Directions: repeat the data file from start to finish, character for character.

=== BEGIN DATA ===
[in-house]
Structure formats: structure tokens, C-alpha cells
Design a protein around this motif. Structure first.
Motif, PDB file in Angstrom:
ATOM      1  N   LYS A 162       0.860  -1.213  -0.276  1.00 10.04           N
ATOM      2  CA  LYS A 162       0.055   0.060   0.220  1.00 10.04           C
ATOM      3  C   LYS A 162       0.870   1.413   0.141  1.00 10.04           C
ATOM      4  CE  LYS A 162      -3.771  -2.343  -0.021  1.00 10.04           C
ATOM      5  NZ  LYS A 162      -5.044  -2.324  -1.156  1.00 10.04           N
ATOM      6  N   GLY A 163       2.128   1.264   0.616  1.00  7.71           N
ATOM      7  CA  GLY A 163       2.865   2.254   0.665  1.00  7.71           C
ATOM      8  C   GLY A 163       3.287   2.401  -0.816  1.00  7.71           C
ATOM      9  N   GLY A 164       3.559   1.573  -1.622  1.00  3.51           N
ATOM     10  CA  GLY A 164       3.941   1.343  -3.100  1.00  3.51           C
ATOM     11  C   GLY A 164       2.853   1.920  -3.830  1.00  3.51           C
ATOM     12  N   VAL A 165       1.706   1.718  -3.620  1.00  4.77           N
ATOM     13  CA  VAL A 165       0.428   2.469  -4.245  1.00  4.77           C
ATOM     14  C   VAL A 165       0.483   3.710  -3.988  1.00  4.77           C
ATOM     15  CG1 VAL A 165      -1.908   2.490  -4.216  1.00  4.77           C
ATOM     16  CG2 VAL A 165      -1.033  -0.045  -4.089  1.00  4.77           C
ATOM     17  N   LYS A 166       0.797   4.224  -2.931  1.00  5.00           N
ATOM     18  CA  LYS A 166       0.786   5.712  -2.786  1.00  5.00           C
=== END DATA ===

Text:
[in-house]
Structure formats: structure tokens, C-alpha cells
Design a protein around this motif. Structure first.
Motif, PDB file in Angstrom:
ATOM      1  N   LYS A 162       0.860  -1.213  -0.276  1.00 10.04           N
ATOM      2  CA  LYS A 162       0.055   0.060   0.220  1.00 10.04           C
ATOM      3  C   LYS A 162       0.870   1.413   0.141  1.00 10.04           C
ATOM      4  CE  LYS A 162      -3.771  -2.343  -0.021  1.00 10.04           C
ATOM      5  NZ  LYS A 162      -5.044  -2.324  -1.156  1.00 10.04           N
ATOM      6  N   GLY A 163       2.128   1.264   0.616  1.00  7.71           N
ATOM      7  CA  GLY A 163       2.865   2.254   0.665  1.00  7.71           C
ATOM      8  C   GLY A 163       3.287   2.401  -0.816  1.00  7.71           C
ATOM      9  N   GLY A 164       3.559   1.573  -1.622  1.00  3.51           N
ATOM     10  CA  GLY A 164       3.941   1.343  -3.100  1.00  3.51           C
ATOM     11  C   GLY A 164       2.853   1.920  -3.830  1.00  3.51           C
ATOM     12  N   VAL A 165       1.706   1.718  -3.620  1.00  4.77           N
ATOM     13  CA  VAL A 165       0.428   2.469  -4.245  1.00  4.77           C
ATOM     14  C   VAL A 165       0.483   3.710  -3.988  1.00  4.77           C
ATOM     15  CG1 VAL A 165      -1.908   2.490  -4.216  1.00  4.77           C
ATOM     16  CG2 VAL A 165      -1.033  -0.045  -4.089  1.00  4.77           C
ATOM     17  N   LYS A 166       0.797   4.224  -2.931  1.00  5.00           N
ATOM     18  CA  LYS A 166       0.786   5.712  -2.786  1.00  5.00           C